Finally let me say a few words about Ten Little Zombies: A Love Story, by Andy Rash, and Pat the Zombie: A Cruel Spoof, by Aaron Ximm and Kaveh Soofi. These two are modeled after a well-known children’s rhyme in the case of Ten Little Zombies (I first heard about it while reading a novel by Agatha Christie; readers might want to follow the evolution of this rhyme in the relevant Wikipedia article) and a well-known children’s book in the case of Pat the Zombie.
The Ten Little Zombies follows the steps of the Ten Little Soldier Boys. Just as that poem is itself quite gory, the book is quite bloody and would likely not be great for really young bunnies. As you read further, the story gets more and more violent, but the end surprises the reader with a sweet twist. So even though zombies and blood and gore are all over this little book, I still smile when I think about it. Among the five books I’m reviewing here, this book is my favorite. I can see The Ten Little Zombies be appreciated by middle grade readers and older bunnies who are not terribly offended by gore and blood but also find love in the midst of gore at least somewhat endearing.
Now Pat the Zombie is another story. My best guess is that readers who grew up with Pat the Bunny, the 1940 touch-and-feel classic, are the main target audience of this book. Apparently there have been other parodies of the book: Wikipedia mentions “Pat the Politician, mocking contemporary political figures, and Pat the Yuppie, which includes activities like touching the sheepskin seatcovers of their new BMW and rubbing the exposed brick of their new condominium’s wall.” This is a good parody, and a cruel one, as the subtitle “A Cruel Spoof” implies. All standard parts of the original Pat the Bunny are here, there is a zombie bunny, Pat, and the two children start by touching it (or rather “gutting” it, as the book suggests). And step by step, we learn that the parents are also zombies, and things get closer and closer to the reader, as the reader eventually needs to read a survival manual and scream. So yes, this is definitely not for little ones, unless the little ones involved have a morbid sense of humor. But horror fans who can appreciate some cheekiness and who are open to messing around with their own pleasant childhood memories of reading the original Pat the Bunny with a loved adult might find this book amusing. It is really well done, but definitely only for its own audience.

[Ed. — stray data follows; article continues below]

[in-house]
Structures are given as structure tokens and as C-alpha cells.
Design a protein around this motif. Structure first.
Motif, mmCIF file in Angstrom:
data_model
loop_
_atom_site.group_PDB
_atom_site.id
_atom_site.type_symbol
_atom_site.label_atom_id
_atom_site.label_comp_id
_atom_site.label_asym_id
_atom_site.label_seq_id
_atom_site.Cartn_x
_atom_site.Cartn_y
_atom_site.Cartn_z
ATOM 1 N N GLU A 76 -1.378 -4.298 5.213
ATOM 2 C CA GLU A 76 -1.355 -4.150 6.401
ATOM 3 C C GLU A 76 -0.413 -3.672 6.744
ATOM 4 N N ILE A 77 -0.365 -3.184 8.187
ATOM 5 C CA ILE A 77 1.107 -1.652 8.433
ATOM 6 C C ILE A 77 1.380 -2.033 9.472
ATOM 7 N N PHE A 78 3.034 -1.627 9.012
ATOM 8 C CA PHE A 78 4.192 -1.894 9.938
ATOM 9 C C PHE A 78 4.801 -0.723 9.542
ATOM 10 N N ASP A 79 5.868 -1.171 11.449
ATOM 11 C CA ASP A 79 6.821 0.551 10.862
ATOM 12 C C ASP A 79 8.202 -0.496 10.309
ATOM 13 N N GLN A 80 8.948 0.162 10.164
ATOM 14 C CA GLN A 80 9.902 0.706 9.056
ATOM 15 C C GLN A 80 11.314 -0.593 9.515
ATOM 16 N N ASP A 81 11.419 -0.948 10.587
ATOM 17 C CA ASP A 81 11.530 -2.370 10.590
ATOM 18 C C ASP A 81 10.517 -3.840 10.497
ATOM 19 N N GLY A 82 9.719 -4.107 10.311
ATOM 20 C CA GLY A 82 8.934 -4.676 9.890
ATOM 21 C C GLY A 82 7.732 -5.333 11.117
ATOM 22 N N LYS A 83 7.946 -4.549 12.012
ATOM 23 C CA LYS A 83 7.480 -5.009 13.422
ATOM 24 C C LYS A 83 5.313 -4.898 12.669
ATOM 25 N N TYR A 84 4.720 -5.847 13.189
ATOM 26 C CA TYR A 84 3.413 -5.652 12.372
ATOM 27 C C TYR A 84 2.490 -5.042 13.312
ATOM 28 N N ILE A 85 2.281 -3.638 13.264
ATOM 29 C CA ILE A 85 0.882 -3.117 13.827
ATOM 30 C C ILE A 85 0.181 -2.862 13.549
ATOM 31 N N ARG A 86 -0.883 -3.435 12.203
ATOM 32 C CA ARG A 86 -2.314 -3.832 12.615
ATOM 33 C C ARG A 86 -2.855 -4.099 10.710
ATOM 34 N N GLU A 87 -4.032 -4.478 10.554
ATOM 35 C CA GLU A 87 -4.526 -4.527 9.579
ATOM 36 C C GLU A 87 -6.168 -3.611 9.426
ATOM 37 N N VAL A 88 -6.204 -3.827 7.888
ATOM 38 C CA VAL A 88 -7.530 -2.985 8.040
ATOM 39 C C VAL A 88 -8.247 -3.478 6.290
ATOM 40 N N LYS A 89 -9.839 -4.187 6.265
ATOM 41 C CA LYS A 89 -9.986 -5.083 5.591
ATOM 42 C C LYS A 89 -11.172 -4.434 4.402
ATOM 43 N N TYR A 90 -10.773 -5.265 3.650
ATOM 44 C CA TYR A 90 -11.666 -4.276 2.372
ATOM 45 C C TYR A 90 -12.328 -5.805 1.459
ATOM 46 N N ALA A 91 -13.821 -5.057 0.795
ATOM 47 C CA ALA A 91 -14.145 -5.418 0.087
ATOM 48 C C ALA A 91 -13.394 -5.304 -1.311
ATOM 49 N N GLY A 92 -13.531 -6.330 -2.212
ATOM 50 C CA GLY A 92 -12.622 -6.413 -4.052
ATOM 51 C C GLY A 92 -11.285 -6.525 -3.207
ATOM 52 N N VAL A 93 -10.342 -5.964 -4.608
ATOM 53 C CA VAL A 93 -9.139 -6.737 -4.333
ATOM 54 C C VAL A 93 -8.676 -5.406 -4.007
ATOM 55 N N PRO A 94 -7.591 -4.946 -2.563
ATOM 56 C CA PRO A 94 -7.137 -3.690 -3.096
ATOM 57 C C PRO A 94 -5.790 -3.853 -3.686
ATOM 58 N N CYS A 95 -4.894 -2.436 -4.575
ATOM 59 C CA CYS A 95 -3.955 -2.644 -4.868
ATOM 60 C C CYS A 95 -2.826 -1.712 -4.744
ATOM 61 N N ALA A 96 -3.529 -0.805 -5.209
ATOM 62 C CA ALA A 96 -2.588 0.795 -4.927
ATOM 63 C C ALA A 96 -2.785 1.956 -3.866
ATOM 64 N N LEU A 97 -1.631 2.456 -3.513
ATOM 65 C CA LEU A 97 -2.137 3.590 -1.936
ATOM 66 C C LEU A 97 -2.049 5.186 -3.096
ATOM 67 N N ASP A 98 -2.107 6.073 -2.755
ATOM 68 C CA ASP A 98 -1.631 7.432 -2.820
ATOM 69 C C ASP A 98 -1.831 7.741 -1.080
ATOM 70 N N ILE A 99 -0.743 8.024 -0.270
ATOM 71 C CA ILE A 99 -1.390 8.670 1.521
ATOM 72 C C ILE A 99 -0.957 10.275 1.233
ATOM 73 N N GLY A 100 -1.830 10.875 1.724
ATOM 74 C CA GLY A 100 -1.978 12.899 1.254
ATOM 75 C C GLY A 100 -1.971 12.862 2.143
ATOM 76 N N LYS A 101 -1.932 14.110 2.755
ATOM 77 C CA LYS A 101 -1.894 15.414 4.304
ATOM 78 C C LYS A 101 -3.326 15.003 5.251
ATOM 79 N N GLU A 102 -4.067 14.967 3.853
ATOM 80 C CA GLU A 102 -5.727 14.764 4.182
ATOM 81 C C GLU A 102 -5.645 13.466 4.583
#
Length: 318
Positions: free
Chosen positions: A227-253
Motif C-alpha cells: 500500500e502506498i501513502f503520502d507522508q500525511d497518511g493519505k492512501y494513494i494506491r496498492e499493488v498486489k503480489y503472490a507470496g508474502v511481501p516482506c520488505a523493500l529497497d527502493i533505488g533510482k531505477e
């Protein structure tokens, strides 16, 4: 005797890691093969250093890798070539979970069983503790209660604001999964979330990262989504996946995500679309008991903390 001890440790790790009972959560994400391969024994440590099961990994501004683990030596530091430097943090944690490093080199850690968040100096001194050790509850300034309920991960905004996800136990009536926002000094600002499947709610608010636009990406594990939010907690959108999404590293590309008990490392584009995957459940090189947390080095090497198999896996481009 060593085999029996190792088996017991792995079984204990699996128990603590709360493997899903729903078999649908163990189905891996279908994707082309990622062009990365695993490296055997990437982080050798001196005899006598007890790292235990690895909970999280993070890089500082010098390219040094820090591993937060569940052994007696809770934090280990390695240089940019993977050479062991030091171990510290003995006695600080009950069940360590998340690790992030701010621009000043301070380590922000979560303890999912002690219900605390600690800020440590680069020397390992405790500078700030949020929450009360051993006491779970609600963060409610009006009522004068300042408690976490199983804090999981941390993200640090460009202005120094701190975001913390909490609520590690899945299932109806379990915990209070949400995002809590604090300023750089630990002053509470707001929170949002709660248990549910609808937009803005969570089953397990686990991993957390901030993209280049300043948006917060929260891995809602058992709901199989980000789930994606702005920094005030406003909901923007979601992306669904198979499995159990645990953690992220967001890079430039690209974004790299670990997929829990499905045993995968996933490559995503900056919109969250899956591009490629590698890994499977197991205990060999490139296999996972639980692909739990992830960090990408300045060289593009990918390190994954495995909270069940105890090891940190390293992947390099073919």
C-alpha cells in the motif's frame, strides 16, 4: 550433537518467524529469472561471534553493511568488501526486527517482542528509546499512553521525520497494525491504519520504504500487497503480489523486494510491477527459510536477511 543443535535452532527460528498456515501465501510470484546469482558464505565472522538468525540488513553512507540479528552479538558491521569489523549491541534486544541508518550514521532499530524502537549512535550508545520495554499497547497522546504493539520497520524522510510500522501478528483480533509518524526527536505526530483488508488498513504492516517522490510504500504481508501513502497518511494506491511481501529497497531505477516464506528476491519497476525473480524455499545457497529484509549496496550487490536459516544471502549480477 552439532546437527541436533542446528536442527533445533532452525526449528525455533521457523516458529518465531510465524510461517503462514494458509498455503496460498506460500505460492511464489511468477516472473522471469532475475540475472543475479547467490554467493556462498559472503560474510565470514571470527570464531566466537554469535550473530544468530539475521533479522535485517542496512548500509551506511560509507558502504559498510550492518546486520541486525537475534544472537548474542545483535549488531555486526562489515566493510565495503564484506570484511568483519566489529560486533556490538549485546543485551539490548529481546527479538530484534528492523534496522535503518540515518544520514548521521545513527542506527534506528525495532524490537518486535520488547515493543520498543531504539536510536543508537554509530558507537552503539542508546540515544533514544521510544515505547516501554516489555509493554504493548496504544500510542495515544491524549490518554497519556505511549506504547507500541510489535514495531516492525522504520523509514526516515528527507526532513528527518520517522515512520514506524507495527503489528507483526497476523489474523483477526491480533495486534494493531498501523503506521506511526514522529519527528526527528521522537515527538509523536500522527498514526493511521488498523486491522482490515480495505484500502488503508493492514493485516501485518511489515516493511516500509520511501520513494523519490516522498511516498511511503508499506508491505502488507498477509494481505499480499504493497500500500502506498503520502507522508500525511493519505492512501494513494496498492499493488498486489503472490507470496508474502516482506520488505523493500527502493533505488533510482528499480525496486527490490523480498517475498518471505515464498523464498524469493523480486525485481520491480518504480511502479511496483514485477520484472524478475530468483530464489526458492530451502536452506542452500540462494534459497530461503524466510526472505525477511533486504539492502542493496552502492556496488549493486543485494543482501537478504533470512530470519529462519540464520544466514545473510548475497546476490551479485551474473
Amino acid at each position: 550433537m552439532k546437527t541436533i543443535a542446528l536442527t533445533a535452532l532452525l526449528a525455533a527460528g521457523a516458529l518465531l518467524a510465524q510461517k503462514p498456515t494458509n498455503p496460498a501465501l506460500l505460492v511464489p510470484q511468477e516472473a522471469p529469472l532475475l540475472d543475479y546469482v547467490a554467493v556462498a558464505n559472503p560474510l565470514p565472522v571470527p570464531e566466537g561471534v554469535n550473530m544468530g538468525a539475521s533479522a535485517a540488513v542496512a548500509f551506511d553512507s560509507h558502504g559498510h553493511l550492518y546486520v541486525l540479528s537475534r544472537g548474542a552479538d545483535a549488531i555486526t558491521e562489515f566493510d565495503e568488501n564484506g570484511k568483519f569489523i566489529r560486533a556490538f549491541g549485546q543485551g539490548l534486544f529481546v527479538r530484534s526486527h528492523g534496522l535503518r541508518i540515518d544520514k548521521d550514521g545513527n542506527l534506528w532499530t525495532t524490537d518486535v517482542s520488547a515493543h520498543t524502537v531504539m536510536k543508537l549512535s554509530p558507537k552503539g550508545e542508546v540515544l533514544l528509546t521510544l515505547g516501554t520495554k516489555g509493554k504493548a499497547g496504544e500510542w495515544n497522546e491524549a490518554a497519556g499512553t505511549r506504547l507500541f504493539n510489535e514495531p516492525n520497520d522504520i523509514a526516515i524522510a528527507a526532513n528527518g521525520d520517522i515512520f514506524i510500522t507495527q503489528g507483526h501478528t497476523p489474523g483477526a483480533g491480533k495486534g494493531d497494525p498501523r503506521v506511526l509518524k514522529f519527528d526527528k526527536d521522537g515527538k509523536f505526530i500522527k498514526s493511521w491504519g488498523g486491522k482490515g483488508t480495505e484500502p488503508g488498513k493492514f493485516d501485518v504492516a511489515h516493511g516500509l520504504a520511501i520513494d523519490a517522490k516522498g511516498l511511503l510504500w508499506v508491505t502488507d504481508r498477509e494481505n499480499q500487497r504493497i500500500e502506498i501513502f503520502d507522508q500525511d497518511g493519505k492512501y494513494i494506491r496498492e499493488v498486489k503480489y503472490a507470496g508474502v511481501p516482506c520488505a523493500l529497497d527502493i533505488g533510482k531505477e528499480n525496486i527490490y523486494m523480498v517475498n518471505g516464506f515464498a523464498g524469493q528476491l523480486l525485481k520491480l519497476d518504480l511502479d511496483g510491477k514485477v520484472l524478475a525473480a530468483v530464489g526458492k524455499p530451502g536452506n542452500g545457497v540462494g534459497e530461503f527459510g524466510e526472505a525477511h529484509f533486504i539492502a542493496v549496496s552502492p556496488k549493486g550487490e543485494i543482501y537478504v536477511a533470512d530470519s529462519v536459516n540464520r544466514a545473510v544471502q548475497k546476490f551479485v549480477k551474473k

Alright, now here we are, having talked about five zombie books published for children or at least published in the format of standard children’s books. Some of you may wonder about just who writes or publishes these kinds of books. And others might wonder why people even read them. But I will end this review with a full endorsement of cheeky adult humor messing with children’s books. As long as we always know our own children’s boundaries and resist the temptation to share some of these books with them unless we are sure they can handle them, these types of books can offer us a fresh memory of our own childhood mixed with some good load of laughter. (I even pushed away some happy tears with The Ten Little Zombies, I must admit. But then again I am a softie.) Some little bunnies will find some of these books really entertaining, and The Girl’s Guide to Zombies: Everything Vital about These Undead Monsters by Jen Jones is indeed perfectly suitable for the 8-12 year old crowd, so there is that, too.
Oh, and yes, Happy Halloween everyone! May you only be spooked by made-up monsters!